Natalie Farny (center) and her students pose in their lab, between two lab tables. They're all smiling and are wearing lab safety coats and gear.

Are Our Water Bottles Unhealthy? Student Team Researches Chemical Effects

MQP team studies if BPA-free products are any safer for human cells

May 11, 2018
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People are trying to be healthier, carrying bottles of water to class, to work, to the gym. The increasing worry, though, has been that a chemical in those handy plastic bottles could be causing a litany of health problems, ranging from elevated blood pressure to birth defects, neurological damage and even genetic change.

To avoid these issues, consumers started buying bottles without the problematic chemical bisphenol-A, better known as BPA. But are these BPA-free containers any healthier?

That’s a question Natalie Farny, assistant teaching professor in biology and biotechnology at WPI, has been working on with an MQP (Major Qualifying Project) team of top biology students.

The students' MQP is focused on determining if
BPA-free products really
 are better for human cells.

“The fear is we don’t know what effect bisphenol has,” says Farny, who recently received the Trustees' Award for Outstanding Teaching. She has been studying cellular stress, or cells’ response to ward off environmental stressors, for 18 years. “We can see in a dish it has a lot of effects but we don’t know what it does to the human body—to our cells," she says. "There’s some evidence it can act as an endocrine disruptor, interfere with cellular communications, and cause genetic changes. We just don’t know the long-term health effects. That’s one of the things we’re looking at.”

BPA is an industrial chemical that has been used to make resins that coat the inside of metal cans—and certain plastics, like water bottles and food storage containers—for the past 50 years. The problem is that some research has shown that BPA can seep into food or beverages from their containers. A 2009 Harvard study showed that after drinking from water bottles made with BPA for just one week, participants’ BPA concentration in their urine increased by 69 percent.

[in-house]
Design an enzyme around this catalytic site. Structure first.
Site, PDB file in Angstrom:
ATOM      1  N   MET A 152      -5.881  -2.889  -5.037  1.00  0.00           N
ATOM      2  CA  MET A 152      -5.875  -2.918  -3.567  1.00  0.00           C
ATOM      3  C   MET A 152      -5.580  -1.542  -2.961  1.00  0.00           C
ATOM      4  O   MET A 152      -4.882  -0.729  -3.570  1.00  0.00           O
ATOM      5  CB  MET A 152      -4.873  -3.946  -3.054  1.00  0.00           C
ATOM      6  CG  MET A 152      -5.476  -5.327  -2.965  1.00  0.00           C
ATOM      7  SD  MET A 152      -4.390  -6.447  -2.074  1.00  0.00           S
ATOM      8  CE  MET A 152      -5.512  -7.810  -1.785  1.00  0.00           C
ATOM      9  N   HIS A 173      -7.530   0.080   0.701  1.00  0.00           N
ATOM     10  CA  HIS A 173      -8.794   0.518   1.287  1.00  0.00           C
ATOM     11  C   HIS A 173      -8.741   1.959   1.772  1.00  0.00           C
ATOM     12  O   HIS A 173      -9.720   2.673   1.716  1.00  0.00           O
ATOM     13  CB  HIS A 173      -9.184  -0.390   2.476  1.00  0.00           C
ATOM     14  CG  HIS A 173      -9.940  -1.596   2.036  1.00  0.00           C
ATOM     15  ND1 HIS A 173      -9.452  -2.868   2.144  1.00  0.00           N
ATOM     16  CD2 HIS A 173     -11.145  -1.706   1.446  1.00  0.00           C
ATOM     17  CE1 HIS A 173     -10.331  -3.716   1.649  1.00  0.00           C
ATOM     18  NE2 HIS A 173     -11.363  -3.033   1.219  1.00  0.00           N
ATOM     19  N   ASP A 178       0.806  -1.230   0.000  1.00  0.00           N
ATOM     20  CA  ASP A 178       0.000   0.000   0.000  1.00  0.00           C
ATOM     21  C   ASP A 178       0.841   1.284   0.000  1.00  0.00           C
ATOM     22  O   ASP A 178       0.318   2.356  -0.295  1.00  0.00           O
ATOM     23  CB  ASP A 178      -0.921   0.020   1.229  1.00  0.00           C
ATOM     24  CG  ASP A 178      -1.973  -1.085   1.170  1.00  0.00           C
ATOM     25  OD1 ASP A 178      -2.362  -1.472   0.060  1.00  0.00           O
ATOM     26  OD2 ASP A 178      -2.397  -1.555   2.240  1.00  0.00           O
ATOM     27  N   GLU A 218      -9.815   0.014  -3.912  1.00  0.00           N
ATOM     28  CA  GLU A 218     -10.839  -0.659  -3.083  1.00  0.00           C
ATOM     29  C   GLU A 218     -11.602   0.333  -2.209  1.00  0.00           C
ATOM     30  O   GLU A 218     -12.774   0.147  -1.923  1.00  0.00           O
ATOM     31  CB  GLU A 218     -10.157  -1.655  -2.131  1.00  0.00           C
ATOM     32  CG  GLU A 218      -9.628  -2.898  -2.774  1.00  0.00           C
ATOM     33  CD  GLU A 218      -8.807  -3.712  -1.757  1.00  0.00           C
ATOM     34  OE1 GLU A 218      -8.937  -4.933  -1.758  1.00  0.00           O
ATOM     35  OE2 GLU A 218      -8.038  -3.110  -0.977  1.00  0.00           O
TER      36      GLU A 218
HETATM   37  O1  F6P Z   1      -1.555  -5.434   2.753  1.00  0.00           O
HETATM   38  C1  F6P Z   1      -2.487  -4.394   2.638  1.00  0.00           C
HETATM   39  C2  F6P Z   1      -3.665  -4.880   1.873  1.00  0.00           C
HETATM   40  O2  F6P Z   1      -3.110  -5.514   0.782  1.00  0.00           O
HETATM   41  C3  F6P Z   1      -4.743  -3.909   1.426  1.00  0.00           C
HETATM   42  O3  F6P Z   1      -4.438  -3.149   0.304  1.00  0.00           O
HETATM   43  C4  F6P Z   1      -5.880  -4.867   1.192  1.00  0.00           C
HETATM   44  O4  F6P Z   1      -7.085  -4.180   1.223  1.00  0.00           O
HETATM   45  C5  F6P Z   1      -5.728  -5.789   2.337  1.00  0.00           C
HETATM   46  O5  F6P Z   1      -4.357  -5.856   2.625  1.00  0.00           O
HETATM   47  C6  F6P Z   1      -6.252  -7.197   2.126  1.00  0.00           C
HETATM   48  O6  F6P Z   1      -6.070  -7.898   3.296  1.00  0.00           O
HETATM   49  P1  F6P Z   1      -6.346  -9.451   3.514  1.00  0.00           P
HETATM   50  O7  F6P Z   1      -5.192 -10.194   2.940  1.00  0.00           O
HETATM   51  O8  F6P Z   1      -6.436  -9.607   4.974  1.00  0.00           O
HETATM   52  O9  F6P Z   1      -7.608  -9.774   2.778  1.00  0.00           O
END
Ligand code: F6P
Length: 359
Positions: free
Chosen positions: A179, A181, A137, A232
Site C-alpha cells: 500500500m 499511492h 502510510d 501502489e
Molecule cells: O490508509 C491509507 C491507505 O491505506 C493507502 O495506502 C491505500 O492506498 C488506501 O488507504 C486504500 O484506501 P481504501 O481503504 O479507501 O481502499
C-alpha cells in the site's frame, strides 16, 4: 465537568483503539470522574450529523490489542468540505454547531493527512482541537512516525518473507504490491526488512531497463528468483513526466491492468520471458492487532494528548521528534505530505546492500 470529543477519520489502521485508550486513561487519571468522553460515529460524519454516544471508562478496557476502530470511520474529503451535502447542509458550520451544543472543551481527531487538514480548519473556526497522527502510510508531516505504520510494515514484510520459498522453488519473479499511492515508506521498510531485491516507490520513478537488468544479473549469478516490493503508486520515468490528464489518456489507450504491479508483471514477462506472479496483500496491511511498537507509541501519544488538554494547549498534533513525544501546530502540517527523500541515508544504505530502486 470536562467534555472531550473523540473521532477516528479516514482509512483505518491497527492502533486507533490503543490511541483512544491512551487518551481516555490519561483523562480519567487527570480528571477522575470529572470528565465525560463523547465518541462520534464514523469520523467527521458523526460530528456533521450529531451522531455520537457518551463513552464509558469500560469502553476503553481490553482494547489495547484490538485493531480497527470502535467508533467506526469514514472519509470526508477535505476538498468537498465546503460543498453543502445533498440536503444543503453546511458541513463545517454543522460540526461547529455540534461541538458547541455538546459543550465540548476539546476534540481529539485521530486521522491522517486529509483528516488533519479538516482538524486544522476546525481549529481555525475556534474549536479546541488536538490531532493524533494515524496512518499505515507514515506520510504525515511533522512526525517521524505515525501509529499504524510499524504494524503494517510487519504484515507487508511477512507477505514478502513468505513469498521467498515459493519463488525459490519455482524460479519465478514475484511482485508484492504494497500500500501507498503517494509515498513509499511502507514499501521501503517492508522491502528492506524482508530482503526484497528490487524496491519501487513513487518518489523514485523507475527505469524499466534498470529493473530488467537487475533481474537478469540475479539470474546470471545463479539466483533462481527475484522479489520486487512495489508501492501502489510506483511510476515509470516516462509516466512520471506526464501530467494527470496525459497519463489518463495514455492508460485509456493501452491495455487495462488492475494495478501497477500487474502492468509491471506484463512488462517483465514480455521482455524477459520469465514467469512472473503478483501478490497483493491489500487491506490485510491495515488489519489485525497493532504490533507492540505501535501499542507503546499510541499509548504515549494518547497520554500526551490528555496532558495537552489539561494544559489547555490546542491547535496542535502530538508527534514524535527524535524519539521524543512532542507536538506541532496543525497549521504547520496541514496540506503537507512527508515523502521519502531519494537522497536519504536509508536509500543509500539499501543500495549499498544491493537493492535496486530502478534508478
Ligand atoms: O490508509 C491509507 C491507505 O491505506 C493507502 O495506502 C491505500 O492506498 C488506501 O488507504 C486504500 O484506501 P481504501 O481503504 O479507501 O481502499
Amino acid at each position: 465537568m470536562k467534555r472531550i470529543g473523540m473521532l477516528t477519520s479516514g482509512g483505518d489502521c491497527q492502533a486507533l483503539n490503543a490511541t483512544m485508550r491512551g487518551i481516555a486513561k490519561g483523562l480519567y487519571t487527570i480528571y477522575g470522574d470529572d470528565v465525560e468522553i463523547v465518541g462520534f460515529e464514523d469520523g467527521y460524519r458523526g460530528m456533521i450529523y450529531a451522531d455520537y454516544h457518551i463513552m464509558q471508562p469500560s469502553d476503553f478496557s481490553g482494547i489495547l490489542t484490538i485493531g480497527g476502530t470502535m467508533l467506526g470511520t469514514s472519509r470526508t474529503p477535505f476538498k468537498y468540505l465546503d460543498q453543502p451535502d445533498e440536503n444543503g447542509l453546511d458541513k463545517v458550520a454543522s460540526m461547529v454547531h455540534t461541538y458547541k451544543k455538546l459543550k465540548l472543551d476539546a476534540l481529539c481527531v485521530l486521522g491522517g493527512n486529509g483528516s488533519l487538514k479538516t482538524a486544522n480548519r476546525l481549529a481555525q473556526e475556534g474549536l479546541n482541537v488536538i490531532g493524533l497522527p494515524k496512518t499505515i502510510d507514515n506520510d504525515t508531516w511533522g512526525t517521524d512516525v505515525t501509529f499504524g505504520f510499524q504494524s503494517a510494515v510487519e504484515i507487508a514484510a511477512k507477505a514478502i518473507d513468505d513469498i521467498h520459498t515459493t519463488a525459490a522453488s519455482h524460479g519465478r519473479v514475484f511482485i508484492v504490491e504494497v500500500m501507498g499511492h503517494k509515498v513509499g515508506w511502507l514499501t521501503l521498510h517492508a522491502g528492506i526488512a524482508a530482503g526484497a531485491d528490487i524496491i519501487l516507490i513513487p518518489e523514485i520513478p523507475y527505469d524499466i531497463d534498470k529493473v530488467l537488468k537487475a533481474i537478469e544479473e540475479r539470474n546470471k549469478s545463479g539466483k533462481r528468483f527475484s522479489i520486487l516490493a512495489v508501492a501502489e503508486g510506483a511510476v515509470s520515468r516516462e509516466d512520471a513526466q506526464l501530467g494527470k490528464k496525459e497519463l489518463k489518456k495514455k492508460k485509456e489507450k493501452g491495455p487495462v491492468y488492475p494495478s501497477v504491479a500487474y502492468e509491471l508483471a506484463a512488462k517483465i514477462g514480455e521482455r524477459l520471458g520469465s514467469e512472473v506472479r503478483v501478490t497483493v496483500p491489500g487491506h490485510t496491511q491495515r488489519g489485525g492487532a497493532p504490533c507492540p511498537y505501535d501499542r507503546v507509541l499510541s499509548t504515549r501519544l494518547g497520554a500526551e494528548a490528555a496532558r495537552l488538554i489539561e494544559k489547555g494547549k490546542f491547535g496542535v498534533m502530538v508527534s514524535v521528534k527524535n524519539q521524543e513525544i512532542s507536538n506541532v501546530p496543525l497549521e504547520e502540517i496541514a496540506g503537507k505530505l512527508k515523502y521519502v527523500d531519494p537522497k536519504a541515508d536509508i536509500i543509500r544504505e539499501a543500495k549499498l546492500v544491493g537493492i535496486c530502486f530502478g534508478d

BPA alternatives, like related bisphenols BPF and BPS, have been billed as being safer substitutes. However, while research into BPS and BPF is still in the early stages, a small but growing list of studies has begun to sound an alarm about those so-called safer BPA-free alternatives.

The concern is they all might carry very similar health risks.

Farny and her MQP team are tackling this BPS and BPF research, which could affect millions of people, from a unique angle: What are the chemicals’ effect at the cellular level?

“Other researchers aren’t looking at the connection between cellular stress and bisphenols,” says Farny. “Our research shows that BPS and BPF have different effects on cellular stress responses than BPA. Activating cellular stress response is a type of defense mechanism, and if that stress is not relieved, it can lead to cell death.”

The MQP team, made up of senior biology and biotechnology majors Chandler Friend, Megan Hoppe, and Jingyi Wu, took second place honors in the 2018 MQP Project Presentation Day. And Hoppe recently was awarded a Salisbury Prize—given to the most meritorious members of the WPI graduating class. The team has been using fluorescence microscopy (optical microscopes that use fluorescence and phosphorescence) and Western blots (a laboratory method used to identify specific amino-acid sequences in proteins) to examine cellular stress responses in several human cell lines that have been treated with bisphenols.

Cellular stress response is a wide range of molecular changes that cells undergo in response to environmental stressors, including extremes of temperature, exposure to toxins, and mechanical damage. Stress causes the formation of stress granules or clusters of proteins that wrap around and protect the RNAs and the information coded in their sequences.